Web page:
Cargo to open doors to change by 2020
IoT and voice AI-enabled smart devices and systems, warehouse drones and strategic alliances between airlines and distributors will be key to the air freight industry capitalising on the e-commerce market, says Venkatesh Pazhyanur, Senior Industry Directo
The cargo industry needs to embrace disruptive technologies from the consumer world, including Internet of Things (IoT), digital assistants and drones, to increase efficiency and meet customer expectation for greater transparency throughout the supply chain. The Asia Pacific air cargo industry is experiencing growth and transformation driven by rapidly increasing capacity supply on passenger flights, and the shift to businessto-consumer small parcel shipments as a result of e-commerce. Growing passenger demand will increase the number of passenger flights and add to cargo capacity supply.
The International Air Transport Association (IATA) expects the number of air passengers globally will almost double between 2016 and 2035, with the greatest growth in Asia Pacific – particularly in China and India. Simultaneously, the popularity of e-commerce is changing the nature of cargo shipments, incrementally increasing the number of small parcels – which is predicted to grow five per cent annually in mature markets and 17 per cent annually in China. Potential in innovation
At Unisys we predict these market pressures will bring innovation in three areas in the cargo supply chain: smart warehouses will become even smarter, drones will finally take off in the cargo supply chain – but inside the warehouse, and new alliances between airlines and global distributors will enable longer term capacity management. Much of the underlying technologies are already being used in other sectors – including the consumer world.
But now, more than ever, cargo operators will be forced to embrace such innovation to be more efficient, nimble and proactive in an increasingly competitive and price conscious market. As per Unisys cargo experts, the following predictions will become reality within the next five years or less:
Smart warehouses, a reality
To meet the growing demand for small parcel deliveries, warehouses will transform from a storage location, to a dynamic facility using IoT and voice artificial Intelligence (voice AI) enabling faster processing of more shipments to generate a higher return on the realestate investment. Just as connected wearable devices such as smartwatches are becoming mainstream in the consumer world, IoT-based technology will create the ‘smart warehouse’ of the future. Recent innovations such as smart glasses used to display information triggered by a barcode or QR code on a container3 will be taken to a new level by incorporating scanners to automatically capture and input information into the warehouse system, and integrating voice AI to initiate actions. Similar technology is already used in digital assistants such as Siri, Cortana or Amazon Echo. Unisys expects cargo operators to invest in converting machine commands to voice within the next three years.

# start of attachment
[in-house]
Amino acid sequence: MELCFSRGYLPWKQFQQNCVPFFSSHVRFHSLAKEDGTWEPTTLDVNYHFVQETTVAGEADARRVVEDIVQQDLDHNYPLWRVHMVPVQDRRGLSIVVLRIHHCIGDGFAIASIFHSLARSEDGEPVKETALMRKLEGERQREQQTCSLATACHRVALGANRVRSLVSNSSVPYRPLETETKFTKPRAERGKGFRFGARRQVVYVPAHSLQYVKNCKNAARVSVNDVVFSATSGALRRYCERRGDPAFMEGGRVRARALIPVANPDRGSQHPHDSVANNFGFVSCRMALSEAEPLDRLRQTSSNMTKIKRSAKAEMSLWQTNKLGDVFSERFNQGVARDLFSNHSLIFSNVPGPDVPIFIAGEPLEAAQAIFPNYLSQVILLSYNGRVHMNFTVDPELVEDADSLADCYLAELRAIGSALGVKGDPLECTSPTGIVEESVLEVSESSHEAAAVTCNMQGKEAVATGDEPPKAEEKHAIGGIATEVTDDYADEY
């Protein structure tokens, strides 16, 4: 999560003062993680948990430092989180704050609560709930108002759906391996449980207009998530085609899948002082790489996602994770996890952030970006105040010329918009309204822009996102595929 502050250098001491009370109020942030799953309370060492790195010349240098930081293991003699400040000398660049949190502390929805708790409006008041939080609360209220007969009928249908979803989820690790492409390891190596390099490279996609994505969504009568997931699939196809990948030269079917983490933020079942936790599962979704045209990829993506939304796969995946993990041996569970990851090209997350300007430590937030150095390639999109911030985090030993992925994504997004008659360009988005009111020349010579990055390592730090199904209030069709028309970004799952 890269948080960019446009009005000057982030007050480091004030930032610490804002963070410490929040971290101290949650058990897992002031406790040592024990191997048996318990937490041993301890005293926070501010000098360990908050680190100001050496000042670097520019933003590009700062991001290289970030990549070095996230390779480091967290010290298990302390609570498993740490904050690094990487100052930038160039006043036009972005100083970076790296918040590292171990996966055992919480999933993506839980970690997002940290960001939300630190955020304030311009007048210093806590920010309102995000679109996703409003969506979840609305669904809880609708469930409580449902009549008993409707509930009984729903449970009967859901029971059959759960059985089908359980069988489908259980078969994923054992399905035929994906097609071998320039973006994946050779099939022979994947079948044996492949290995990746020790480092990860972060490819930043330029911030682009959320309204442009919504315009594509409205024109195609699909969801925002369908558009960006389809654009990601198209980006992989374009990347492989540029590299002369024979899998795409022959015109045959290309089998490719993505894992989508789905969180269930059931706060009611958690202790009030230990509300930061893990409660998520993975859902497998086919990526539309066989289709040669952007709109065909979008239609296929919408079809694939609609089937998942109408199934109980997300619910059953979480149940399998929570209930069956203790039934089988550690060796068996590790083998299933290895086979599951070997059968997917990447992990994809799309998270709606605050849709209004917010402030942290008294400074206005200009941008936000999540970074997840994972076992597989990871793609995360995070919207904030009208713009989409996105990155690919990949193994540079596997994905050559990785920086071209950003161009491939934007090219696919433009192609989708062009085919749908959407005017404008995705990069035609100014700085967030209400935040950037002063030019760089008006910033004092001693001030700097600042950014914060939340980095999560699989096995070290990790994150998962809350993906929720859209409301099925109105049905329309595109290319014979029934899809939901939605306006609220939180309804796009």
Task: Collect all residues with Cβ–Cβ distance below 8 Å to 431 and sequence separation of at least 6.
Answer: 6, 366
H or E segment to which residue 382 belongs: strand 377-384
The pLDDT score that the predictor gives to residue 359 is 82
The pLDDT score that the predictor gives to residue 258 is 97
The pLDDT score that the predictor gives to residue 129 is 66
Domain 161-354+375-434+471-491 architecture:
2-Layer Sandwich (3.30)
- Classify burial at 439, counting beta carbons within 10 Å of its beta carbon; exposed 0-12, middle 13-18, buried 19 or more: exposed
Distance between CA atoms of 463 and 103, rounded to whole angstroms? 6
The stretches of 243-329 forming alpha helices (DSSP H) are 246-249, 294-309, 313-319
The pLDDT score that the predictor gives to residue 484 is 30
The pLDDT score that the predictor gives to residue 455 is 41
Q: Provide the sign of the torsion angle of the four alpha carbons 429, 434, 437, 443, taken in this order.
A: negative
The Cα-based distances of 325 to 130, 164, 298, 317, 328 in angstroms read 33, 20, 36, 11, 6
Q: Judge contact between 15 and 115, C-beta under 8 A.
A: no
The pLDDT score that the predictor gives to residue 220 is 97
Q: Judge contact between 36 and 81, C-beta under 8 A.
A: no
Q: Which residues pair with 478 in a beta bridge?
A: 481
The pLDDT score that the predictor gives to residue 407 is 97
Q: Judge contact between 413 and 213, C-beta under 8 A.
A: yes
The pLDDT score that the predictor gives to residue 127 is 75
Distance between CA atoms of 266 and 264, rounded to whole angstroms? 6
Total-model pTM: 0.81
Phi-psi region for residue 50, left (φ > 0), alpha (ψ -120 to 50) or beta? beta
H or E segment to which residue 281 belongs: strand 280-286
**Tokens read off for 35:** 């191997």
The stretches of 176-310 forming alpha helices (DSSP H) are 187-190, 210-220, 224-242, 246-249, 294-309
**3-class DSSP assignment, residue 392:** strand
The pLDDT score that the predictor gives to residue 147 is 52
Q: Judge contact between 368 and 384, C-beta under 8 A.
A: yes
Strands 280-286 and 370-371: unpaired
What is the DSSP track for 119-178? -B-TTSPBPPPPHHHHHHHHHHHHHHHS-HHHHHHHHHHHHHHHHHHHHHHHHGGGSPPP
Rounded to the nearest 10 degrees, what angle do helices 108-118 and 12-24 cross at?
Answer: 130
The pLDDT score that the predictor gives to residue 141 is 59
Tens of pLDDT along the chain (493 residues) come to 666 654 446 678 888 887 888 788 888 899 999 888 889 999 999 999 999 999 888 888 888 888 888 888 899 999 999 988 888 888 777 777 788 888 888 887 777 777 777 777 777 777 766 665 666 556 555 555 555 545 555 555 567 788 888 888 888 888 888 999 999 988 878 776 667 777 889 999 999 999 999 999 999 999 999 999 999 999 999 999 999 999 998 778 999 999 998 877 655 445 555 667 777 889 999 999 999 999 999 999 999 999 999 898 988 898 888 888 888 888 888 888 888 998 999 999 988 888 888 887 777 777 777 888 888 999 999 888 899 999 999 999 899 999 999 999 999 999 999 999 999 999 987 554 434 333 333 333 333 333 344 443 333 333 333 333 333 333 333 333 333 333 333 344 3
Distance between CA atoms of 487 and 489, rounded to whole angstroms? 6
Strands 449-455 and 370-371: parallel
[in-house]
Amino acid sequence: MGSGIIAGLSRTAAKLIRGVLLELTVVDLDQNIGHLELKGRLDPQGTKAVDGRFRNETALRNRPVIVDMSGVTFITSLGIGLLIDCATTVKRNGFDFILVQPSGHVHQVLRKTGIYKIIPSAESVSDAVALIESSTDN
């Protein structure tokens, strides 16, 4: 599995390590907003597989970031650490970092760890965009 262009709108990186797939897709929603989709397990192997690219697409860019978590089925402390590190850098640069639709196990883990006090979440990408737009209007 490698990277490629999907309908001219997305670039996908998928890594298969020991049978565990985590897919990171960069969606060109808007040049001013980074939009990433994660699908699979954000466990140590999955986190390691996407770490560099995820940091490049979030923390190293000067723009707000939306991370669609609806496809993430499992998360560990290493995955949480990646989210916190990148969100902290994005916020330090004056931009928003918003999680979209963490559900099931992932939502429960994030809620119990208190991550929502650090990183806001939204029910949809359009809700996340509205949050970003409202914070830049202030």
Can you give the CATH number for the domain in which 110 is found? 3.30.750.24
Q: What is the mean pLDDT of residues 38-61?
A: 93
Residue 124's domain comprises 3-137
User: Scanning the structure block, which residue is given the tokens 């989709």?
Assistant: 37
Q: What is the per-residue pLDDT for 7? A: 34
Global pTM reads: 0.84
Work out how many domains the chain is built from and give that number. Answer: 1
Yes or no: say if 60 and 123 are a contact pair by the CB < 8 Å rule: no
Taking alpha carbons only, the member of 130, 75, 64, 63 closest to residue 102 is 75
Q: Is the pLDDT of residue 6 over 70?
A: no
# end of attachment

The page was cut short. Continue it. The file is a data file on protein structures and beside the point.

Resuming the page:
Drones will be used inside the warehouse
Unisys predicts the more immediate application of drones in the cargo supply chain will be within the confined space of warehouses to conduct inventory checks more often and more accurately, replacing the largely manual process. Beyond locating lost or misplaced items, the drones will use sensors to monitor environmental information such as light or temperature for perishable food, pharmaceuticals or livestock, and raise alerts to unusual noise or movement that may indicate animals are in distress. Unisys predicts this within the next 12 months.
To meet the growing demand for small parcel deliveries, warehouses will transform from a storage location, to a dynamic facility
Unisys predicts a fundamental move to longer-term revenue optimisation based on strategic alliances between airlines and organisations with large ongoing delivery requirements such as postal authorities, major online retailers, global distributors and supply chain management companies. This will require airlines to provide their alliance partners with transparent real-time access to available capacity and predictive analytics to determine best routes based on speed, reliability and cost. This expectation for visibility will also extend to the ‘last mile’ of the business-to-consumer cargo supply chain, leading to the development of mobile apps to allow the final recipient to be able to track the approach of their delivery – similar to how consumers currently track an approaching taxi or Uber.